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SDL, Land of the Dead, and Ultimate Game Design

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jdaniel

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I spent this week reading the SDL library documentation and porting my engine from glut to SDL. I thought seriously about porting the code directly to the WinAPI and using OpenAL for sound, but finally decided to use SDL for various reasons. The most important being the portability to LINUX.

I have a fairly competent rendering engine at the moment and some rudimentary level editing tools in place. Basically, the code has full support for OBJ files, including textures in png format and materials.

The rendering loop consists of a nested red-black tree traversal. The top level tree holds material objects. Each of these objects contains the material properties and a pointer to another tree of faces. So the final rendering loop looks something like this:


  


myfaces = localobj->getFacesJRB();

// construct a texture JRB and initialize the appropriate textures
jrb_traverse(tempmaterials, mymaterials)
{
thismaterial = (obj_material *)tempmaterials->val.v;
if(thismaterial->texture_name != NULL)
{
if ((jrb_find_str(newtextures, thismaterial->texture_name)) == NULL)
{
localtexture = (GLuint *)malloc(sizeof(GLuint));
*localtexture = pngBind(thismaterial->texture_name,
PNG_NOMIPMAP, PNG_ALPHA,
&localpnginfo,
GL_REPEAT, GL_LINEAR, GL_NEAREST);
if (*localtexture == 0)
{
printf("Can't load texture file: %s\n", thismaterial->texture_name);
exit(1);
}
newtex = new Texture(*localtexture, strdup(thismaterial->texture_name));
jrb_insert_str(newtextures, strdup(thismaterial->texture_name),
new_jval_v((void *)newtex));
}
numTextures++;
} // end of texture name null conditional
} // end of jrb materials traverse



if (shadeMethod == GL_SMOOTH) {
// compile the display list
glNewList(*mydisplaylist, GL_COMPILE);

// traverse the materials jrb
jrb_traverse(tempmaterials, mymaterials)
{
thismaterial = (obj_material *)tempmaterials->val.v;
myfaces = thismaterial->faces;

// set material properties
glLightfv(GL_LIGHT0, GL_AMBIENT, thismaterial->Ka);
glLightfv(GL_LIGHT0, GL_DIFFUSE, thismaterial->Kd);
glLightfv(GL_LIGHT0, GL_SPECULAR,thismaterial->Ks);
glMaterialf(GL_FRONT, GL_SHININESS, thismaterial->Ns);

if (thismaterial->texture_name != NULL)
{
temptextures = jrb_find_str(newtextures, thismaterial->texture_name);
newtex = (Texture *)temptextures->val.v;
glBindTexture(GL_TEXTURE_2D, newtex->mytexture);
}
else glBindTexture(GL_TEXTURE_2D, 0);

// traverse the face jrb
jrb_traverse(tempfaces, myfaces)
{
thisface = (obj_face *)tempfaces->val.v;

switch(thisface->face_format)
{

case VERTEX:
case VERTEX_NORMAL:

glBegin(renderMethod);
for( j =0; jpolygonSize; j++)
{
glNormal3fv(&thisface->face_normal_array[(thisface->normal[j]*3)]);
glVertex3fv(&localobj->obj_vertex_array[(thisface->vertex[j]*3)]);
}
glEnd();
break;

case VERTEX_TEXTURE:
case VERTEX_TEXTURE_NORMAL:

glBegin(renderMethod);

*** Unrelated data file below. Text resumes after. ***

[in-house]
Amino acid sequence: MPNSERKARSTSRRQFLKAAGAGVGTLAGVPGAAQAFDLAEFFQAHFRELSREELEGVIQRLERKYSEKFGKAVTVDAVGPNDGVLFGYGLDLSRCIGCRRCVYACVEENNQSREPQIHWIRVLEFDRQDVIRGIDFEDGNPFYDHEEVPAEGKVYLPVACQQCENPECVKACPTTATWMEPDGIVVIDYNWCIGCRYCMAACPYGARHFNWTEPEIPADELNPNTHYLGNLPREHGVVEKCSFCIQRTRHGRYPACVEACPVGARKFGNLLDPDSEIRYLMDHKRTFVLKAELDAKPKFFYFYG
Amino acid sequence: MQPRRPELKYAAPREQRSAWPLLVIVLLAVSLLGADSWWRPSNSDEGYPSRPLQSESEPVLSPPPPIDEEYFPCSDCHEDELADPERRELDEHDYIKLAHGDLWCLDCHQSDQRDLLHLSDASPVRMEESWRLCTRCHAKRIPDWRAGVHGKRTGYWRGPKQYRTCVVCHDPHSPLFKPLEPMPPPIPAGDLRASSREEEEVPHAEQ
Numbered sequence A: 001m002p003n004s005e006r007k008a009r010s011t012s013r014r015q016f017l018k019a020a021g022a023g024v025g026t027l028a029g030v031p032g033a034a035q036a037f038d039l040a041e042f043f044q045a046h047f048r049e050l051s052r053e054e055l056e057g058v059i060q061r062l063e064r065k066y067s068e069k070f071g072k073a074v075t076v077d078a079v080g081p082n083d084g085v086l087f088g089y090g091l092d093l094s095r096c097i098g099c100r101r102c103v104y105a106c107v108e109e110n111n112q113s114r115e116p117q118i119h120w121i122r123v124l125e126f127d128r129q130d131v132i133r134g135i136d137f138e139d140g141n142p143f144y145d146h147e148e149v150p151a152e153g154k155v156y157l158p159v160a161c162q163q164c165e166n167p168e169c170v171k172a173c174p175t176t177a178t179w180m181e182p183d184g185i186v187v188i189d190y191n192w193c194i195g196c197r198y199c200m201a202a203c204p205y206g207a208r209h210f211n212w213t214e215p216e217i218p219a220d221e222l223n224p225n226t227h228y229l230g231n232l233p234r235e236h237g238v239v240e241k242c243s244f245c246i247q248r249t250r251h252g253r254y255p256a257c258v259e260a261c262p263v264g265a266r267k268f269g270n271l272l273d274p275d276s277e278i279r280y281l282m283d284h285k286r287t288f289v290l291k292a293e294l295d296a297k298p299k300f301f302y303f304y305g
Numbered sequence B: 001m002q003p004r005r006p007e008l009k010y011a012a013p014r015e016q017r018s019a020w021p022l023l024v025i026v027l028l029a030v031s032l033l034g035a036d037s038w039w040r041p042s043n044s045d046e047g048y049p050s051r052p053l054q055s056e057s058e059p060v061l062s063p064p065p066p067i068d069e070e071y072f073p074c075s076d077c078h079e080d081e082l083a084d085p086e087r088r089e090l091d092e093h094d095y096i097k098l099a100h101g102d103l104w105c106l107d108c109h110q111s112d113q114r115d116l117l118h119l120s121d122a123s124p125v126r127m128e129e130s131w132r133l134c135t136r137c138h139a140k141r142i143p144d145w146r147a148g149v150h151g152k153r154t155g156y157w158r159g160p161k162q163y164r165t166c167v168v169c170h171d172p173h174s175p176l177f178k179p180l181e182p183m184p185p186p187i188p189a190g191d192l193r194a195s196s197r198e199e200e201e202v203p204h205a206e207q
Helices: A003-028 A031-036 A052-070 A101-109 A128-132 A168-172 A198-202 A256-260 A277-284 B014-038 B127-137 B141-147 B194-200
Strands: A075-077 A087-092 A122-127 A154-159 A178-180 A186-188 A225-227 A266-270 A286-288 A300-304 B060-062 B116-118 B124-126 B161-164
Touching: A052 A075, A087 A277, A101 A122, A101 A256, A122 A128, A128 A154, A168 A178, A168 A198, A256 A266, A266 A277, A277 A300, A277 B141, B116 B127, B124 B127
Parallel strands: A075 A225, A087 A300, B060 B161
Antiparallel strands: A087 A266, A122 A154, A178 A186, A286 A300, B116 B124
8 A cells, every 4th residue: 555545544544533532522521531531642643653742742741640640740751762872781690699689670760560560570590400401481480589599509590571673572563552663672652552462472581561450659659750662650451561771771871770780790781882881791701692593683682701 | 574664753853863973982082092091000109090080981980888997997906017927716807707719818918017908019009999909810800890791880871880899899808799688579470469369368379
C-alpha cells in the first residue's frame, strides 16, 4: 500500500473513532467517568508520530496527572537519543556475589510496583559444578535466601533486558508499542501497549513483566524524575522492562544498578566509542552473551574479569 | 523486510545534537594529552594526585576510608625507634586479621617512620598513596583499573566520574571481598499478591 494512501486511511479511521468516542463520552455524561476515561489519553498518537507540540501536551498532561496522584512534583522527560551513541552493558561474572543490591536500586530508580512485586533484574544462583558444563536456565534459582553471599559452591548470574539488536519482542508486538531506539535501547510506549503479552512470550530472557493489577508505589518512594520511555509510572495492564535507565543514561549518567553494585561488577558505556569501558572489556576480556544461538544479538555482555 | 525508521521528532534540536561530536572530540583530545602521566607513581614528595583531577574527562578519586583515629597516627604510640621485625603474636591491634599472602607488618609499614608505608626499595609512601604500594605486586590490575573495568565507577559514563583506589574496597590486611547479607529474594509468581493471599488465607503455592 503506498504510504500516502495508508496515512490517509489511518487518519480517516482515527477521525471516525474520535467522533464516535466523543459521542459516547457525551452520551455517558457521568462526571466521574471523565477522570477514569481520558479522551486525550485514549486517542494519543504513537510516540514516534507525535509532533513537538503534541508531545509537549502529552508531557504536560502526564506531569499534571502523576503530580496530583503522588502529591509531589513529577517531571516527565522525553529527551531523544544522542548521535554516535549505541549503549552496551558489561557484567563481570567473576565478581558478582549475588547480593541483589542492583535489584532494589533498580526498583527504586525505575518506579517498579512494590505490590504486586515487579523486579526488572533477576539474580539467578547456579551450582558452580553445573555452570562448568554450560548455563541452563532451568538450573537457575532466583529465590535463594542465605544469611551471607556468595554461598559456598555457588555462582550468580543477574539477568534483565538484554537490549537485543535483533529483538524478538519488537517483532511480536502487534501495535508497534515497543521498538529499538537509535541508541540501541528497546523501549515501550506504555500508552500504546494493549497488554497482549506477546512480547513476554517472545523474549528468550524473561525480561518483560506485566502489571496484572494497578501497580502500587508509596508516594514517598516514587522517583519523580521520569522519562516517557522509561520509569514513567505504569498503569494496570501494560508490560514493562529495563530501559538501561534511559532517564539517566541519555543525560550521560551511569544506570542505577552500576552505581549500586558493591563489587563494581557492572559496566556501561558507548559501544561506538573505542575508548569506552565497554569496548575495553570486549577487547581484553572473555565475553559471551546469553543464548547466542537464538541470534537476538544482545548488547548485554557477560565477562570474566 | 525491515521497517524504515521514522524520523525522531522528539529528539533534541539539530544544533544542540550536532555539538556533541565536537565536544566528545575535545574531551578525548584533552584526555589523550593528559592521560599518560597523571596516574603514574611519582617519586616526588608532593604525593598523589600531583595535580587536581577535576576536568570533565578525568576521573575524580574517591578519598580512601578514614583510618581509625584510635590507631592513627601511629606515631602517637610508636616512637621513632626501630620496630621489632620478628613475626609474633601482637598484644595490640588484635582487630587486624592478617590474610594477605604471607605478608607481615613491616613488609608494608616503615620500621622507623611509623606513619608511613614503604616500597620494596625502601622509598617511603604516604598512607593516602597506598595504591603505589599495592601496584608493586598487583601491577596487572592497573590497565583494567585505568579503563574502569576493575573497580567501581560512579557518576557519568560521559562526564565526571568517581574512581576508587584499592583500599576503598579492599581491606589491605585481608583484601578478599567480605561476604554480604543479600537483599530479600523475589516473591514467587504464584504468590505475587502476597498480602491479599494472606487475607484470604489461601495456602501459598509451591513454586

for( j =0; jpolygonSize; j++)
{
glTexCoord2fv(&localobj->obj_texture_array[(thisface->texture[j]*2)]);
glNormal3fv(&thisface->face_normal_array[(thisface->normal[j]*3)]);
glVertex3fv(&localobj->obj_vertex_array[(thisface->vertex[j]*3)]);
}
glEnd();
break;

default: printf("\nlogic error in createDisplayList\n"); exit(1);

} //end of swtich

} //end of face traverse

} // end of material JRB render traverse

glEndList();
}







I've abstracted the OBJs into a WorldObject class and I've abstracted the "level" into a MyWorld class. I also have basic openGL picking enabled, so the mouse cursor can be switched from "cursor on the screen picking mode" or classic first person shooter mode... very similar to how World of Warcraft is setup.

I'm satisfied with the controls. Everything is responsive and fluid. No third person camera views are available yet, only first person with mouse-look.

I've read up on collision detection and have thought about the next step in code development.

I also got a hold of Ultimate Game Design - Building Game Worlds by Tom Meigs. It has nothing in depth mathematically or anything about programming but it appears to be a clear guide through the game publishing process and a high level tools overview. I believe I will benefit from reading it.

I may be receiving some of the Game Programming Gems books as a birthday present soon (Nov. 6). I also might be getting Dark Watch for the XBox from my lovely wife.

I also bought a copy of Land of the Dead for the PC this weekend. This game is a huge amount of fun and I would recommend it to anyone that is looking for a solid budget title ($19.99). It has something different to offer me. The first scene on the farm was awesome. The zombies move slowly, but there are a lot of them. And a .22 rifle that holds 4 bullets and a 6 shot revolver takes time to reload. And ammo is rare. You can run indoors and close the doors to slow them down, but they will slowly punch through. It is great fun and I think anyone that is interested showed go out and support these guys and buy a copy. It is the closest I've seen yet to replicating the classic zombie movie nightmare.
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